“When Dholpur had been made the camping ground, Sakat Singh, son of Udai Singh, was in attendance on the victorious stirrup. H.M., either from pleasantry or in order that the presumptuous rebels of Malwa might be led by the circumstance into the slumber of negligence, said to him that though most of the landholders and great men of India had paid their respects, yet the Rana had not as yet done so, and that therefore he proposed to march against him and punish him. H.M. also asked what service the prince would render in this case. On one occasion he spoke at large about these matters with the prince, and the latter made hypocritical proffers.

At last, that crooked-minded one, from want of understanding and from taking a jest seriously, ran away. In his folly, he ran away from apparent dishonour and fell into real disgrace. For the ignorant fellow imagined that H.M. was meditating the punishment of Ranat under the pretence of hunting and that he himself would get a bad name to the effect that he had gone and brought H.M. against his father. He did not know that it was all a joke and that there was no reason why this powerful and God- restrained one should personally proceed against such a class of landholders.”

Abul Fazal pins the entire blame of the attack on Sakat (Shakti) Singh, the Rana’s son. He blames him for misunderstanding a mere joke as a serious threat and thus running away to warn his father and thus inviting Akbar’s wrath. Fazal’s contempt for Hindus and Rana Udaisingh, in particular, is clearly reflected here. He reduced Rana, the head of the House of Mewar and the commander of a considerable chunk of Rajputana, to the position of a mere landholder, making it seem like Abkar personally marching against Rana was beneath Akbar’s dignity.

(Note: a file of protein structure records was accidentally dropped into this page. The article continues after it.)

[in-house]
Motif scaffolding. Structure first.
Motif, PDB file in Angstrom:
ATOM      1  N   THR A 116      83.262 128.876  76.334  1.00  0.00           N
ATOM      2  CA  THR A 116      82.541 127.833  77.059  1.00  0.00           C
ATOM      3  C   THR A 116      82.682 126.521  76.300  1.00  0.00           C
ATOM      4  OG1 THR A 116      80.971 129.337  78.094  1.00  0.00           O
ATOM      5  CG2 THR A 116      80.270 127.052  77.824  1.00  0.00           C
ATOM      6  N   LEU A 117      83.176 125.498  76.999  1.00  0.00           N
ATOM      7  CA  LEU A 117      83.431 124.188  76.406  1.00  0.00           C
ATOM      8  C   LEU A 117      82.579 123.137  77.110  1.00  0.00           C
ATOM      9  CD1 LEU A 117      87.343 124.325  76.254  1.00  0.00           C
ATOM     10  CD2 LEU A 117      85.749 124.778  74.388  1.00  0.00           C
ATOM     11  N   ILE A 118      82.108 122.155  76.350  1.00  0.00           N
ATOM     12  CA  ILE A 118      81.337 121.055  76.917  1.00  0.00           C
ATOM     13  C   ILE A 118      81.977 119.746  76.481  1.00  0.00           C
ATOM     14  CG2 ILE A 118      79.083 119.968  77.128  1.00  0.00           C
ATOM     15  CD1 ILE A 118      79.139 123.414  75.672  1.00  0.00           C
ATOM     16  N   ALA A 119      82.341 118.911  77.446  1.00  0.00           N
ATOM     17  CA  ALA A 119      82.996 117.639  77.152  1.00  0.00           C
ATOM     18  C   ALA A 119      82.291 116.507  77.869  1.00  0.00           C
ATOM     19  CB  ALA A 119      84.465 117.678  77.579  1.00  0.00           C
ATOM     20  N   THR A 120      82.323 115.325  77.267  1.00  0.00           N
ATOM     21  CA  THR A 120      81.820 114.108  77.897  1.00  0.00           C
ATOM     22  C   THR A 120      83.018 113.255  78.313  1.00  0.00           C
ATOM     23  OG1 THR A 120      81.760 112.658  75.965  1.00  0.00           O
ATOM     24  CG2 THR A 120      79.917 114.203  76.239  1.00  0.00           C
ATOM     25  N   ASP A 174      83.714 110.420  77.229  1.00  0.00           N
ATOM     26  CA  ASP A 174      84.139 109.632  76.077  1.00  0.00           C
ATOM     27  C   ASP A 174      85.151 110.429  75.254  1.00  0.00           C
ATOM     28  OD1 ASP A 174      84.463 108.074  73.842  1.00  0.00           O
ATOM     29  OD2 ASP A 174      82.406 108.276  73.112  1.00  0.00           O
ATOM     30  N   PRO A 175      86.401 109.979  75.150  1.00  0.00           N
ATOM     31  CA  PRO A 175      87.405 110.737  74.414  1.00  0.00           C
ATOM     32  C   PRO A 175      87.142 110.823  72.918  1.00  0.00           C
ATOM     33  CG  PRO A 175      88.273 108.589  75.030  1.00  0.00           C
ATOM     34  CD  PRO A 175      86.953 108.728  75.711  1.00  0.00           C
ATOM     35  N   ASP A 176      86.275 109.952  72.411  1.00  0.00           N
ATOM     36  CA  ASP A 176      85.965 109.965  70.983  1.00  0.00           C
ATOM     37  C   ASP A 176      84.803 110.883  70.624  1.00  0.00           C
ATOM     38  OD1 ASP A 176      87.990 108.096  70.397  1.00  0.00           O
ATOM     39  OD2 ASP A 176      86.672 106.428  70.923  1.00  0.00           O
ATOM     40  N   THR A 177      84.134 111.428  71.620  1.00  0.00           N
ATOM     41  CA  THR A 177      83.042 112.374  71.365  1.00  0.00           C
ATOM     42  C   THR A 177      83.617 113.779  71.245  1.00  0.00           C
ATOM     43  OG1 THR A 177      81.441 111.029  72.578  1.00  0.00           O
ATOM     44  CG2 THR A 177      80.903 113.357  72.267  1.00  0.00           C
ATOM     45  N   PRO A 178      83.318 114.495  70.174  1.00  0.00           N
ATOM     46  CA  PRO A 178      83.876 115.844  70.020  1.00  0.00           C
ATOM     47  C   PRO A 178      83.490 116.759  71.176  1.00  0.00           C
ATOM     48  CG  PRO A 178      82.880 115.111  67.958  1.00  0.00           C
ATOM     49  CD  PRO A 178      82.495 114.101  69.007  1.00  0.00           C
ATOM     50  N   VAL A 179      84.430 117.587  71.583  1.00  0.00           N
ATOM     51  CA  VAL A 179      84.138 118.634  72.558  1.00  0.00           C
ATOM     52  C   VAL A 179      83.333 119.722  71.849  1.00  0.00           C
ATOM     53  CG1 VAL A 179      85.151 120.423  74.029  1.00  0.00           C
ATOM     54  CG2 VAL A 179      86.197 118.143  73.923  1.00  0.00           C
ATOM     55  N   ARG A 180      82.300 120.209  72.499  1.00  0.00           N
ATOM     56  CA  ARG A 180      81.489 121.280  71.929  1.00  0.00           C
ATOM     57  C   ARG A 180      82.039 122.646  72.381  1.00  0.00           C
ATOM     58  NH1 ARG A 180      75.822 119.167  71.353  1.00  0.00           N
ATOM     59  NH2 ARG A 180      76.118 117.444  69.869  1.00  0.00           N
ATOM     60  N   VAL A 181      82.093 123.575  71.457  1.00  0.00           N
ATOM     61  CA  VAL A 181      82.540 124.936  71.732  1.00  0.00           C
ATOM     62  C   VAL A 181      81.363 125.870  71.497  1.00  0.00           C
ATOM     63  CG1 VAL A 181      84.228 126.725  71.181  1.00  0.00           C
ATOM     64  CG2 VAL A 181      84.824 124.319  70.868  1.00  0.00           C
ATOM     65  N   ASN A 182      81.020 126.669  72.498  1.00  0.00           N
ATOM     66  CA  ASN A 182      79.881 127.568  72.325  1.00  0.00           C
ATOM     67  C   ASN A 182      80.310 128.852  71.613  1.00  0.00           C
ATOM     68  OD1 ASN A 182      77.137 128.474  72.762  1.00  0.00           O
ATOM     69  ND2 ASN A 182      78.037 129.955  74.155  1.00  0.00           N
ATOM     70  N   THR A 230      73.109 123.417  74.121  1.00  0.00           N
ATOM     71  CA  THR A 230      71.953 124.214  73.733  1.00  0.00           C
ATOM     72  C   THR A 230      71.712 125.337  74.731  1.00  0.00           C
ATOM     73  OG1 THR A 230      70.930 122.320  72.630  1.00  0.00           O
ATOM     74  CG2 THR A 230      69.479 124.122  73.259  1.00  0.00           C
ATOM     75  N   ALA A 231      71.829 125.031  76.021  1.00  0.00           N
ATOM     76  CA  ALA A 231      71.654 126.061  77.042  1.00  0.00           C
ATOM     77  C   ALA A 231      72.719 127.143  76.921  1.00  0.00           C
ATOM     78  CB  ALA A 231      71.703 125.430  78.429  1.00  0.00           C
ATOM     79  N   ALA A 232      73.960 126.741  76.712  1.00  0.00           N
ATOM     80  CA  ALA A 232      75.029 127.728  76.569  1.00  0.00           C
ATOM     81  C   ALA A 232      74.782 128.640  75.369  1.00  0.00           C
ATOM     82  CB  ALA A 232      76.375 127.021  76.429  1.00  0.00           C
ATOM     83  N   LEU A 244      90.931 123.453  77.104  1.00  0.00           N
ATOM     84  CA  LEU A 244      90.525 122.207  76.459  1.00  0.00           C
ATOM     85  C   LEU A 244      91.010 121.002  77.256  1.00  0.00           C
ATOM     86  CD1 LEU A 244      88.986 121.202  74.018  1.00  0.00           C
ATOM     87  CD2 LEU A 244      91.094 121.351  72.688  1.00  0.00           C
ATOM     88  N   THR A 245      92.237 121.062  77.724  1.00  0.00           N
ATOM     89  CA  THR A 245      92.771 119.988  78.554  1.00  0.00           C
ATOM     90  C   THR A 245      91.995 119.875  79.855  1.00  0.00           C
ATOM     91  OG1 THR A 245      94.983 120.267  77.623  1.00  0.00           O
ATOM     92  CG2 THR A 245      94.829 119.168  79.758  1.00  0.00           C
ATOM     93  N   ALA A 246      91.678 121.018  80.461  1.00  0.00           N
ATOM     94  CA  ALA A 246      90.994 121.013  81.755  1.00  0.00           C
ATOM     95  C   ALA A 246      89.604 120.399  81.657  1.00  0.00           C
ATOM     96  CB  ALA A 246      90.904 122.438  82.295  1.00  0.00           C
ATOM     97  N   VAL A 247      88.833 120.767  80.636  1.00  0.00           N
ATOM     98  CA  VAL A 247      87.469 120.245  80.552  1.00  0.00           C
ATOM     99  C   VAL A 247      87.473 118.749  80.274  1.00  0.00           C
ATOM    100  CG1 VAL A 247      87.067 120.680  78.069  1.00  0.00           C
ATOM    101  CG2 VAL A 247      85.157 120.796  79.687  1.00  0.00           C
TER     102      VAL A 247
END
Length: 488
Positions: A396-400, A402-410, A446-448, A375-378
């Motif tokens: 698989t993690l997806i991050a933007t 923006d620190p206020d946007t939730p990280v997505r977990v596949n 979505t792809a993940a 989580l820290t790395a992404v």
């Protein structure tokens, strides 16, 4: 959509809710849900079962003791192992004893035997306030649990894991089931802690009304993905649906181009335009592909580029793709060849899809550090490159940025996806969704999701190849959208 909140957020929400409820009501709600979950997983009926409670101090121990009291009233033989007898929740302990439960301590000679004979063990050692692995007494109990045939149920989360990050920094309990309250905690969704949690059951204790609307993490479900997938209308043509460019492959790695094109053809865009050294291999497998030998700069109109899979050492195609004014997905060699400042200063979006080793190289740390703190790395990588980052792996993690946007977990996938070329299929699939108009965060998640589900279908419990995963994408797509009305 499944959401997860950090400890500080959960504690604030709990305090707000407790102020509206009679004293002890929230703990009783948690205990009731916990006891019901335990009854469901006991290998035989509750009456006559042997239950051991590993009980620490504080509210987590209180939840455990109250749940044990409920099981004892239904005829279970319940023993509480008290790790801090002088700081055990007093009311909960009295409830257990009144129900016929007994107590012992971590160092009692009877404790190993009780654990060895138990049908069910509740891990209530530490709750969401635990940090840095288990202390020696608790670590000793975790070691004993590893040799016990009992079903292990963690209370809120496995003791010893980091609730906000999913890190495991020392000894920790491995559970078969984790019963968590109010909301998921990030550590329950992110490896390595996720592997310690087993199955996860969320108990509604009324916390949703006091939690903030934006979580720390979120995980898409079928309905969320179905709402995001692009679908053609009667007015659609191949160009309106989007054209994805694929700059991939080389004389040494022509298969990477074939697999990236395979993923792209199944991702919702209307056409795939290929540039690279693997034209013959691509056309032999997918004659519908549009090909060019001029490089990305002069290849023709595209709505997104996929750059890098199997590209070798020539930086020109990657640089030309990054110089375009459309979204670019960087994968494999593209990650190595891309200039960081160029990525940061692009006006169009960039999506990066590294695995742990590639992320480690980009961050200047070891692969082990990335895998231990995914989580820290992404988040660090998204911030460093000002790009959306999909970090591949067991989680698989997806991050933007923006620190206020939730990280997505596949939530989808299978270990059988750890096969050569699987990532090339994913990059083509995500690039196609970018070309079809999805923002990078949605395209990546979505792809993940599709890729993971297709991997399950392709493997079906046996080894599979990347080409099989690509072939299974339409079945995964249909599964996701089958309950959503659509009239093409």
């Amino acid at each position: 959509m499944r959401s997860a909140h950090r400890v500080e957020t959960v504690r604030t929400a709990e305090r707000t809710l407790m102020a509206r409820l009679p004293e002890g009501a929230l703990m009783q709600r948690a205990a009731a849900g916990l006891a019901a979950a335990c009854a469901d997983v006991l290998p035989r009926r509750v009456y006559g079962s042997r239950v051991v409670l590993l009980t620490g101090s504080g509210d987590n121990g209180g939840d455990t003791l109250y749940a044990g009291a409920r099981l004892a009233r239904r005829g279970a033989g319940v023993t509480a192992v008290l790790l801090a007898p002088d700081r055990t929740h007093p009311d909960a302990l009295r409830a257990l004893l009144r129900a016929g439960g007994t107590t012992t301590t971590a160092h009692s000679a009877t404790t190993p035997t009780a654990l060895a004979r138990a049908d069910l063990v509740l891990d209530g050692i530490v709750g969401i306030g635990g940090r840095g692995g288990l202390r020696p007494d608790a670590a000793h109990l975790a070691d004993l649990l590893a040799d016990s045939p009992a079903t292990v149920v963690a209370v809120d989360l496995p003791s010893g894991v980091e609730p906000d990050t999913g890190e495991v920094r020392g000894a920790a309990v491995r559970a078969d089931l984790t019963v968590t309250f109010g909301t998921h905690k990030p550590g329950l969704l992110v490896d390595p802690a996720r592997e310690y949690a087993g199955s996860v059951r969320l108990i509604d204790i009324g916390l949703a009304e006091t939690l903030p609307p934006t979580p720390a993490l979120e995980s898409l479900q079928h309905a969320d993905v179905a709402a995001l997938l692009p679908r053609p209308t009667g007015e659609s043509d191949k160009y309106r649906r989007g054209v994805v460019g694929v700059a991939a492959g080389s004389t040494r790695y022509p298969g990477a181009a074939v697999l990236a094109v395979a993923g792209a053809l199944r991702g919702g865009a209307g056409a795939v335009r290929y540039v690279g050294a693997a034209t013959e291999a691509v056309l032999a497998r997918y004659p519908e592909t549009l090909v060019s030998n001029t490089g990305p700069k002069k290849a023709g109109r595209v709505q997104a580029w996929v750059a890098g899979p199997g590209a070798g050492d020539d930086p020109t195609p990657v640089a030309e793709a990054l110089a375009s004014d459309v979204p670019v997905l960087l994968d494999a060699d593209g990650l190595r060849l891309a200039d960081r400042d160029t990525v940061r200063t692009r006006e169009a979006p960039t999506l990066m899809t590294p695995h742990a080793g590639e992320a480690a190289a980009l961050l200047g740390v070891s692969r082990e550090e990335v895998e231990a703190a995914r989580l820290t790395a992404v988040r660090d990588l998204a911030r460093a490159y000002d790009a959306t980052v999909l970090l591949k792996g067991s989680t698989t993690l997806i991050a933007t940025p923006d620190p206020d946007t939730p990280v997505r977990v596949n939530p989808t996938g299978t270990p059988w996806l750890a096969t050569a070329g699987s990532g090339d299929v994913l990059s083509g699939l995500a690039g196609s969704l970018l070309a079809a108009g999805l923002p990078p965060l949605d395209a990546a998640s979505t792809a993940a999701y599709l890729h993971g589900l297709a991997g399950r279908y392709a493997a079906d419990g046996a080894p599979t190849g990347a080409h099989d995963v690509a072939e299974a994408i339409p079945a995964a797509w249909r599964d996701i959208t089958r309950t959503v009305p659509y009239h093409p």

This entire explanation of Akbar joking about the attack and Sakat Singh’s escape to warn his father triggering him to actually attack seems like an attempt to whitewash Akbar’s intention of capturing Chittor and eliminating the Rana altogether. 

“And in truth, this was proper, for, from the time of the accession, most of the leading men of India who had cocked the hat of pride and had not lowered the head of obedience before any of the Sultans had bowed down and kissed the ground, except Rana Udai Sigh, than whom there was in this country no one more foolish and arrogant. This audacious and immoderate one, in whom the turbulence of ancestors was added to his own haughtiness, was proud of his steep mountains and strong castles and turned away the head of obedience from the sublime court. His brain was heated by the consciousness of his possessing abundant land and wealth, and numbers of devoted Rajputs, and so he left the path of auspiciousness.”

He betrays the true intentions and the humiliation that Akbar felt at being constantly defied in the next few lines.

Tarikh-i-Alfi makes a special mention of the fact that Akbar approached with a small force in order to induce the Rana to come and engage in a battle himself, thereby presenting Akbar with an opportunity to kill him. 

Rana, being aware of the danger of facing Mughals heads on, retired to the deep forests along with his family and dependents and left the fort in the capable hands of Jaimal, a valiant and loyal chief and 8000 Rajput veterans. He did not expect that Akbar would engage the fort with such a small force. But nevertheless ensured that the garrisons on the fort were well stocked and the fort had supplies that would last for months.

The prolonged battle that followed will be covered in the next part.